President Bush marked the sixth veto of his presidency by rejecting the health-labor bill. This $600 billion measure to fund education, job training and health programs, was about $10 billion more than what Bush had hoped for, adding to the fight with congressional Democrats over domestic spending. Bush, however, signed a separate bill to give the Pentagon about $460 billion for the fiscal year that began on October 1, even though he was disappointed the military bill had less money than he had sought. Democrats said that the extra funds were needed for programs like education and research on cancer and other diseases, but the money was dwarfed by the Iraq war costs instead. While the president complained that the bill was too expensive and larded with pork, House Appropriations Committee Chairman David Obey, a Wisconsin Democrat, said Bush was "pretending" to protect the budget deficit while "asking us to spend another $200 billion on the misguided war in Iraq." [8]

House failed override attempt on HHS-Labor-Education

House Democrats failed to override Bush’s veto on November 15, 2007 by a vote of 277-141. Comparing Bush’s veto to Iraq military budget requests, House Speaker Nancy Pelosi said "The president says we can't afford to provide help with home heating oil as winter approaches. This would be a million and a half families across our country, for [the cost of] a day and a half or so in Iraq.” [9]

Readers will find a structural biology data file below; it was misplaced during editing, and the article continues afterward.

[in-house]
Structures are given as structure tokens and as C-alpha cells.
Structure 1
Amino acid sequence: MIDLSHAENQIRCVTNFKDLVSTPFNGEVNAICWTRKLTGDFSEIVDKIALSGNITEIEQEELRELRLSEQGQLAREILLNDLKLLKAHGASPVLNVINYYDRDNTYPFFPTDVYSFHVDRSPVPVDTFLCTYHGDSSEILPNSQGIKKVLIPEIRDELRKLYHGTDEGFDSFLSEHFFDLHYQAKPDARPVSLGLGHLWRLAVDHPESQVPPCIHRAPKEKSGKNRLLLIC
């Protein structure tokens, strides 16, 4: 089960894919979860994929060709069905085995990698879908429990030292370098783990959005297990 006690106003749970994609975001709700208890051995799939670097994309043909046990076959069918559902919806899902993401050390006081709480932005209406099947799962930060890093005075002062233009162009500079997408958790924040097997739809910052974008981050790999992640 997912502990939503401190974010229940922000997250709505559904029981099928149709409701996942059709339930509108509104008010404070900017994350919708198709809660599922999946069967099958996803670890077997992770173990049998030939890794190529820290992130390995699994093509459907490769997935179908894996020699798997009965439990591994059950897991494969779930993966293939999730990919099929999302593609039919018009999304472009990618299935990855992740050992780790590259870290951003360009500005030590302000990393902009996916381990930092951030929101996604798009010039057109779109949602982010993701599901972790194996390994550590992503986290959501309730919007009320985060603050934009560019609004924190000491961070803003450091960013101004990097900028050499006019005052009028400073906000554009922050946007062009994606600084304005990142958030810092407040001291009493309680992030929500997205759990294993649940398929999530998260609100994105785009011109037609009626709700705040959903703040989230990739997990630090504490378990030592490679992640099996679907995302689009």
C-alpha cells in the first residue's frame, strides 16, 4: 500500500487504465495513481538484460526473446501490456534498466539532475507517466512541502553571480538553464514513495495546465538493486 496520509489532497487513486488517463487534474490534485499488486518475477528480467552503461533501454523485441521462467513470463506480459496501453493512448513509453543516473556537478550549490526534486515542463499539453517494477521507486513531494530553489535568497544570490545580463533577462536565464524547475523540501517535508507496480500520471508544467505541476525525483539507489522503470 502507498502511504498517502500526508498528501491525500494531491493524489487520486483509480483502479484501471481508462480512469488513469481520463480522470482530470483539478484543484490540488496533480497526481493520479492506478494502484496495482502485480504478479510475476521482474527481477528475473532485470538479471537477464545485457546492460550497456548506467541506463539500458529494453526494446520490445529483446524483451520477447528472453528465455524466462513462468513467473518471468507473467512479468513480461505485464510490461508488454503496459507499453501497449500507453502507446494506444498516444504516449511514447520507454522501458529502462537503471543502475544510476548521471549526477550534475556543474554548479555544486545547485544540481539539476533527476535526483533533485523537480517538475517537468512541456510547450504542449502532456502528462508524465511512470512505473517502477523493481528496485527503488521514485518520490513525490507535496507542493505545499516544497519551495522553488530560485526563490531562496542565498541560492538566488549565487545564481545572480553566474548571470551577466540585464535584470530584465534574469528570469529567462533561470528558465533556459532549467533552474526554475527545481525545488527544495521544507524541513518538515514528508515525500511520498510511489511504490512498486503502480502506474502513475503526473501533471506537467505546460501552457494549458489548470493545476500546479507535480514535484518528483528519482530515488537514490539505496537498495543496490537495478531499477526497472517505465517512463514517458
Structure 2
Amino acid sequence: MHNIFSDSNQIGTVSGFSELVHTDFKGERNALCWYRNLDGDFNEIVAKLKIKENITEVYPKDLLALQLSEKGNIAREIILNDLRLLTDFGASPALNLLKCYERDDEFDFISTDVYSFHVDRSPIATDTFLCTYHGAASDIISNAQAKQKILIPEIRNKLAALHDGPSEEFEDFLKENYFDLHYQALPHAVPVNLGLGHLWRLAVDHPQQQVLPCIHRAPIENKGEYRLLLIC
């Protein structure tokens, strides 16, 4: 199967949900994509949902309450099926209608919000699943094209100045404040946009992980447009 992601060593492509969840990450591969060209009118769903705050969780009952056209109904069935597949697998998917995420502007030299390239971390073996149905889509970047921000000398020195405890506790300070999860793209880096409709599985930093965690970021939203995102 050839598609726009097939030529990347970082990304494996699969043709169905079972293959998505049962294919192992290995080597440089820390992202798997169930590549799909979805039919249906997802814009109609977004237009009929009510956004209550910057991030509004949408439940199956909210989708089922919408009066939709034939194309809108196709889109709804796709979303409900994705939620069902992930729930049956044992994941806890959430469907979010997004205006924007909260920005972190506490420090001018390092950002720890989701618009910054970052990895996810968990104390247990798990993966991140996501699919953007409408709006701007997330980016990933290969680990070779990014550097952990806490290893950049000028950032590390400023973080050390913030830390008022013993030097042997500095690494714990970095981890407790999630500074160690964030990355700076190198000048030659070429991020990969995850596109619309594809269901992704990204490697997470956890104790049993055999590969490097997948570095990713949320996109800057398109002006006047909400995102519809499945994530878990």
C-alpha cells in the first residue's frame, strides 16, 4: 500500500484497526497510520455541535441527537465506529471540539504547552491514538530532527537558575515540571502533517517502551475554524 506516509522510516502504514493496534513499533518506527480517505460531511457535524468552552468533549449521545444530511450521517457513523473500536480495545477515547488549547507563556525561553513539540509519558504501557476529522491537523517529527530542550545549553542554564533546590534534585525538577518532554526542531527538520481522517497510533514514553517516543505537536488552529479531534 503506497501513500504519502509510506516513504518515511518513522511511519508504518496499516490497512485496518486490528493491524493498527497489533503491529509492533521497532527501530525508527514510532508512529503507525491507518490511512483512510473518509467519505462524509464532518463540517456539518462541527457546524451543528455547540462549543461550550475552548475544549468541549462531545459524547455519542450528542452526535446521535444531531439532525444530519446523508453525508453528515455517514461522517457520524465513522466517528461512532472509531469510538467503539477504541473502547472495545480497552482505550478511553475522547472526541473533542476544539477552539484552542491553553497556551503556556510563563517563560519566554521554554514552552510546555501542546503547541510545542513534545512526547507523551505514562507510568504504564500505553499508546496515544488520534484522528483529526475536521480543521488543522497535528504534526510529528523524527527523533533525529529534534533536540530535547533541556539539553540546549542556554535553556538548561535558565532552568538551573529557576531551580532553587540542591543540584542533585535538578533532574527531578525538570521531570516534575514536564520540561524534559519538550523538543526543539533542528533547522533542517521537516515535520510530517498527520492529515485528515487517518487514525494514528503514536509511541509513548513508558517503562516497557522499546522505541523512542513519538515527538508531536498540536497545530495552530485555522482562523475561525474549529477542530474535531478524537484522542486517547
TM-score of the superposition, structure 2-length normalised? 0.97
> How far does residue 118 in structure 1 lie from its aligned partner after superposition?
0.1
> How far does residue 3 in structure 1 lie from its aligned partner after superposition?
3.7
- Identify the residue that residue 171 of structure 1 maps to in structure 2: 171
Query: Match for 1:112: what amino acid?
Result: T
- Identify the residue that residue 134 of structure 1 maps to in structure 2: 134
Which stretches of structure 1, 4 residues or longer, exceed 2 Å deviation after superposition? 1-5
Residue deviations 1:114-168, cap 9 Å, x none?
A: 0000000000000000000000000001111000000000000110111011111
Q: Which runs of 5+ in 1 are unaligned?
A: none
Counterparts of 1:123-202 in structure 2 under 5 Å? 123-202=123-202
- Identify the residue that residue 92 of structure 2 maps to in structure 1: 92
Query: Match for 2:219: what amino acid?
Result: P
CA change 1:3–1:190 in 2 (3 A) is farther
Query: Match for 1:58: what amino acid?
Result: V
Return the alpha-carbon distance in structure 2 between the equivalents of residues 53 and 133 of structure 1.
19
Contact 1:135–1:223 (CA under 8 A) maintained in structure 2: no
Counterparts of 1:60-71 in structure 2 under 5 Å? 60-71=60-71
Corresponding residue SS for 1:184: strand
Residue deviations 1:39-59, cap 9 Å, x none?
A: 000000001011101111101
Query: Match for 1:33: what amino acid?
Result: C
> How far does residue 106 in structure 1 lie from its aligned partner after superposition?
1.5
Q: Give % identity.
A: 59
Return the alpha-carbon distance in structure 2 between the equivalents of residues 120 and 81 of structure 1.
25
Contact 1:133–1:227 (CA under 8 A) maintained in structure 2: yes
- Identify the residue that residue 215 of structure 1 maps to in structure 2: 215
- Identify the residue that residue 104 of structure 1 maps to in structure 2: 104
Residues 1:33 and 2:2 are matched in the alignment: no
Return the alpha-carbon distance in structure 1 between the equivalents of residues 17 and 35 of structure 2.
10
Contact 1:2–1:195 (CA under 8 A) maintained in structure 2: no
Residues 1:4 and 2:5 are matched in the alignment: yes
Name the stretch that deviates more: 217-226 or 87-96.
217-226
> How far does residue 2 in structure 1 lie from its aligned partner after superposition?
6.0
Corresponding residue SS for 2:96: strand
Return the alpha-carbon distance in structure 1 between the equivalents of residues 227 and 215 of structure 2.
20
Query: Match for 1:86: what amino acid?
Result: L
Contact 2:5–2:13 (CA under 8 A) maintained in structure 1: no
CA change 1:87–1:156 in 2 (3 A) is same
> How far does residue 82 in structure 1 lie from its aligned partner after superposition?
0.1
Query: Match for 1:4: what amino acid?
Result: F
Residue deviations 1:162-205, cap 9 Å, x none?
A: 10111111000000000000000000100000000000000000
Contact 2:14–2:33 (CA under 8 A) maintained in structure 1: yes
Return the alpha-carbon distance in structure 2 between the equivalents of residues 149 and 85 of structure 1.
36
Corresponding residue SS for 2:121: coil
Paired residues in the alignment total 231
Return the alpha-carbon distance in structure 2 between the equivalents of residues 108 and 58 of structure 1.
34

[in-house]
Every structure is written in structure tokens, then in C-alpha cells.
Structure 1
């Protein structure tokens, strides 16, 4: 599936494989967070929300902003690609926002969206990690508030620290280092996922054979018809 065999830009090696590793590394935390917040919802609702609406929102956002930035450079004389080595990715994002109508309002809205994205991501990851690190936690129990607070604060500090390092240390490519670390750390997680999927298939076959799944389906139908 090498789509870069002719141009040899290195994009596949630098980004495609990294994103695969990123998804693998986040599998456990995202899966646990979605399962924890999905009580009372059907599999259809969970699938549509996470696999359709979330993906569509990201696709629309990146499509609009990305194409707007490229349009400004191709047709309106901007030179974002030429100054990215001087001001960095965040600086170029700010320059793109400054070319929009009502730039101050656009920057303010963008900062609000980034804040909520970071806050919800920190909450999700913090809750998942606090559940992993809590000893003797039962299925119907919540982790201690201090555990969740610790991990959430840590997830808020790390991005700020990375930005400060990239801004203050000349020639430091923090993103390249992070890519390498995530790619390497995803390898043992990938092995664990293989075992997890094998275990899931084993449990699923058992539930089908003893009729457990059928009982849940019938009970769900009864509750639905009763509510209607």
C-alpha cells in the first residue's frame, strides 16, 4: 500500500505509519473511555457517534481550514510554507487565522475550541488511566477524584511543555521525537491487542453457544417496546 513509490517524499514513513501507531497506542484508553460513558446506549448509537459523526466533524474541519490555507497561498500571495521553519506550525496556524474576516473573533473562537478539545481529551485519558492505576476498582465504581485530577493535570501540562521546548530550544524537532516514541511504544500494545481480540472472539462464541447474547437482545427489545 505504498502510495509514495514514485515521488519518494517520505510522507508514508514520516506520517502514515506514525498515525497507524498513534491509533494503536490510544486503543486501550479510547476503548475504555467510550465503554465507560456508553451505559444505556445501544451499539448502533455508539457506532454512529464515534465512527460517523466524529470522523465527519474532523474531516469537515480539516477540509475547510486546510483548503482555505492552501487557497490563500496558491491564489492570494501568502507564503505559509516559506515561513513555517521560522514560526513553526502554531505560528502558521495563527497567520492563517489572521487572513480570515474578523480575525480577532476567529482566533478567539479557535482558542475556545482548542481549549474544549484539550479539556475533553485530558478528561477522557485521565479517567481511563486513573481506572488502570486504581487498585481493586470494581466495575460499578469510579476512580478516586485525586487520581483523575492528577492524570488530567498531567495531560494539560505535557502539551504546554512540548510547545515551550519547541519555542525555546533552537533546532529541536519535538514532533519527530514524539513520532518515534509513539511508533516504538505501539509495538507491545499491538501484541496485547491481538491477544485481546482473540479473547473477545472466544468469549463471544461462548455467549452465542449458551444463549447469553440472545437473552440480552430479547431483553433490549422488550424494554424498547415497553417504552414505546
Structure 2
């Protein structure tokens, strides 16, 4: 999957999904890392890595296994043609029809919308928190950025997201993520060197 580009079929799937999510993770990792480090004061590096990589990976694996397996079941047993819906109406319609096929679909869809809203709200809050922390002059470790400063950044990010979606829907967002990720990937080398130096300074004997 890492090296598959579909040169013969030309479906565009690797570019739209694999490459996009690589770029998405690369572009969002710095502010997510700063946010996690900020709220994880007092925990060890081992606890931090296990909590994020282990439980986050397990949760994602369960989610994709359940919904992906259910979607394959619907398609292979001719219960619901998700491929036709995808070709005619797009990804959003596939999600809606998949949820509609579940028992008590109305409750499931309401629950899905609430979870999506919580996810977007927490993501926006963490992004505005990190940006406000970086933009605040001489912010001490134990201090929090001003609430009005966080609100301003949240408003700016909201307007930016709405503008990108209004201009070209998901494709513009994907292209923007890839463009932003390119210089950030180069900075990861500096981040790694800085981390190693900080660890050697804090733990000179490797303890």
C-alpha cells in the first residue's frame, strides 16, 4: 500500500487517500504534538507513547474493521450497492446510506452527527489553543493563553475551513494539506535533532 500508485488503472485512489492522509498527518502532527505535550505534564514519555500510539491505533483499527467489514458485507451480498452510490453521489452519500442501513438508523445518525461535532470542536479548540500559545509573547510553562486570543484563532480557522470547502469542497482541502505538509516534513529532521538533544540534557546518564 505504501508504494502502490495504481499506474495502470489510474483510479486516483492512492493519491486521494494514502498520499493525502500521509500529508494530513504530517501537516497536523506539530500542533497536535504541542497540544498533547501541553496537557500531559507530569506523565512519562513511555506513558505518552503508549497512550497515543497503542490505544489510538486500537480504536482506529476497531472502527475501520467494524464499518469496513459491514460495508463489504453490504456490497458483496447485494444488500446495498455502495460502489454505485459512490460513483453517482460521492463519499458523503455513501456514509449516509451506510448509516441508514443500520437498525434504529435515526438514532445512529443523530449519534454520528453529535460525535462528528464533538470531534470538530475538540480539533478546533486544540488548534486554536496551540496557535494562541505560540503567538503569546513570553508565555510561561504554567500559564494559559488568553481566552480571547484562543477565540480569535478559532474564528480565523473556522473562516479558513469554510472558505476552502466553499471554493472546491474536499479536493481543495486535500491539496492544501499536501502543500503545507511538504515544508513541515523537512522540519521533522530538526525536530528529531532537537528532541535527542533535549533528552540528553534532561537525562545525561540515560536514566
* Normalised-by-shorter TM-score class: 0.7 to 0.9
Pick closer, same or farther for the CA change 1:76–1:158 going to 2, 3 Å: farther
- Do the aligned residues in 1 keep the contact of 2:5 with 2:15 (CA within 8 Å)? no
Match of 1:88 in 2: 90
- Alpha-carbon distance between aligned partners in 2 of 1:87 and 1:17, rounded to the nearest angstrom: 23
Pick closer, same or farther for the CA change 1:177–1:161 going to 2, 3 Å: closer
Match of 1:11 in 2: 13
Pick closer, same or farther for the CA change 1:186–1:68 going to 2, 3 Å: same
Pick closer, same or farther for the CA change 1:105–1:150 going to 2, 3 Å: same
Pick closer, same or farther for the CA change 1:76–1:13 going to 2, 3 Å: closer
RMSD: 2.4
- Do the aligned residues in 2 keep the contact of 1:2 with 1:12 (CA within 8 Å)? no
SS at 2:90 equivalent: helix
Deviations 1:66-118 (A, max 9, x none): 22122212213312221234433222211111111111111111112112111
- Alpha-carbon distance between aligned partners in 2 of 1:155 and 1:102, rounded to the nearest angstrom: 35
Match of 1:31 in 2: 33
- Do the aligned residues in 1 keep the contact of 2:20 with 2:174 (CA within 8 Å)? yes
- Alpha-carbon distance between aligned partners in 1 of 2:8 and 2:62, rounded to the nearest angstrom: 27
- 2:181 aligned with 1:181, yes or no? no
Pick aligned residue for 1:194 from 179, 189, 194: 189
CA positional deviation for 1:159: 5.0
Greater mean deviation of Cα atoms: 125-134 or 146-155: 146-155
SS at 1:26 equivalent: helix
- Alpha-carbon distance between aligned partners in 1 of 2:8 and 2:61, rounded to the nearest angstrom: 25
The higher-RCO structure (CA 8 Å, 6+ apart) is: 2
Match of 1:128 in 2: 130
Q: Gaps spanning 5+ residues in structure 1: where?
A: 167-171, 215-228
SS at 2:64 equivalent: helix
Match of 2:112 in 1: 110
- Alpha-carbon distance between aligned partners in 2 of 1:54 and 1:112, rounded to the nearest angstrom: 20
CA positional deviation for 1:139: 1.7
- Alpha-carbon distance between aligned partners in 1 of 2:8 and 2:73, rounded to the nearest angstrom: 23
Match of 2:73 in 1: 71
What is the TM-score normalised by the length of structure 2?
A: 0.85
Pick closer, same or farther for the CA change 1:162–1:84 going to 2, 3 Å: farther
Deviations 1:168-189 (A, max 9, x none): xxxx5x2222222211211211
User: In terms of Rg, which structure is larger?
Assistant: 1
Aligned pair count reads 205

<USvoteinfo year="2007" chamber="house" rollcall="1122" />

Omnibus Package Prepared

Following the defeat of the Labor-HHS-Education bill, Democratic leaders announced plans during the Thanksgiving recess to include the 11 remaining spending bills as an omnibus package.[10]

The package included $11 billion in discretionary spending above President Bush's recommendation. While lower than earlier proposals of $22 billion in additional funding, the package has still drawn a veto threat from Bush. Senate rules adopted in 2006 posed a significant obstacle to the Democrats' plans. Under the new rule, the minority party can force a split in such packages. Republicans used the procedural move to remove funding for military construction from the HHS-Labor-Education bill.[10]

Earmarks, other spending stripped